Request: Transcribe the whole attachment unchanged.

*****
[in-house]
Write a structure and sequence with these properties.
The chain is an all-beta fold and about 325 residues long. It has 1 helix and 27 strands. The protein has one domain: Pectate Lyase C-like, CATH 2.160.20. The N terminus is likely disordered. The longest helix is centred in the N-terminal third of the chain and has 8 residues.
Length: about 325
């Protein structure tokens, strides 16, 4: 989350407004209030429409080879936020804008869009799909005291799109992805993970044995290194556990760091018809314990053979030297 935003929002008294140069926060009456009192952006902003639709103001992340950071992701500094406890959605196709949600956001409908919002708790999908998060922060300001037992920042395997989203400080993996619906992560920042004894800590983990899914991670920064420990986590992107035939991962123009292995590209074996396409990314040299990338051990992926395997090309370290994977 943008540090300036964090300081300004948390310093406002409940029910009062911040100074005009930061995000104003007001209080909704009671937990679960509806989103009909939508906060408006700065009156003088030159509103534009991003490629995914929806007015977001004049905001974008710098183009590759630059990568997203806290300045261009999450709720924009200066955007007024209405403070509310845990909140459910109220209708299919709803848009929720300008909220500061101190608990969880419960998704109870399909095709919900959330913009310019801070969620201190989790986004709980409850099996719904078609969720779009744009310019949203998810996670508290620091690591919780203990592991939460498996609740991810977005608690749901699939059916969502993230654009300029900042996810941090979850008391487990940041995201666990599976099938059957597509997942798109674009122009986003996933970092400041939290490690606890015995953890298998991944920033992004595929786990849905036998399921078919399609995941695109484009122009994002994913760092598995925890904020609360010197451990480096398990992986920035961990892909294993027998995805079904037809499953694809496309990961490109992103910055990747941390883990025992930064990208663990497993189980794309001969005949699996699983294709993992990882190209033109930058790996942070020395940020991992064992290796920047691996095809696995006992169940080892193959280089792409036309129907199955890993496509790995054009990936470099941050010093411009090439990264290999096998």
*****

[in-house]
Write a structure and sequence with these properties.
The chain is an all-beta fold and about 325 residues long. It has 1 helix and 27 strands. The protein has one domain: Pectate Lyase C-like, CATH 2.160.20. The N terminus is likely disordered. The longest helix is centred in the N-terminal third of the chain and has 8 residues.
Length: about 325
């Protein structure tokens, strides 16, 4: 989350407004209030429409080879936020804008869009799909005291799109992805993970044995290194556990760091018809314990053979030297 935003929002008294140069926060009456009192952006902003639709103001992340950071992701500094406890959605196709949600956001409908919002708790999908998060922060300001037992920042395997989203400080993996619906992560920042004894800590983990899914991670920064420990986590992107035939991962123009292995590209074996396409990314040299990338051990992926395997090309370290994977 943008540090300036964090300081300004948390310093406002409940029910009062911040100074005009930061995000104003007001209080909704009671937990679960509806989103009909939508906060408006700065009156003088030159509103534009991003490629995914929806007015977001004049905001974008710098183009590759630059990568997203806290300045261009999450709720924009200066955007007024209405403070509310845990909140459910109220209708299919709803848009929720300008909220500061101190608990969880419960998704109870399909095709919900959330913009310019801070969620201190989790986004709980409850099996719904078609969720779009744009310019949203998810996670508290620091690591919780203990592991939460498996609740991810977005608690749901699939059916969502993230654009300029900042996810941090979850008391487990940041995201666990599976099938059957597509997942798109674009122009986003996933970092400041939290490690606890015995953890298998991944920033992004595929786990849905036998399921078919399609995941695109484009122009994002994913760092598995925890904020609360010197451990480096398990992986920035961990892909294993027998995805079904037809499953694809496309990961490109992103910055990747941390883990025992930064990208663990497993189980794309001969005949699996699983294709993992990882190209033109930058790996942070020395940020991992064992290796920047691996095809696995006992169940080892193959280089792409036309129907199955890993496509790995054009990936470099941050010093411009090439990264290999096998």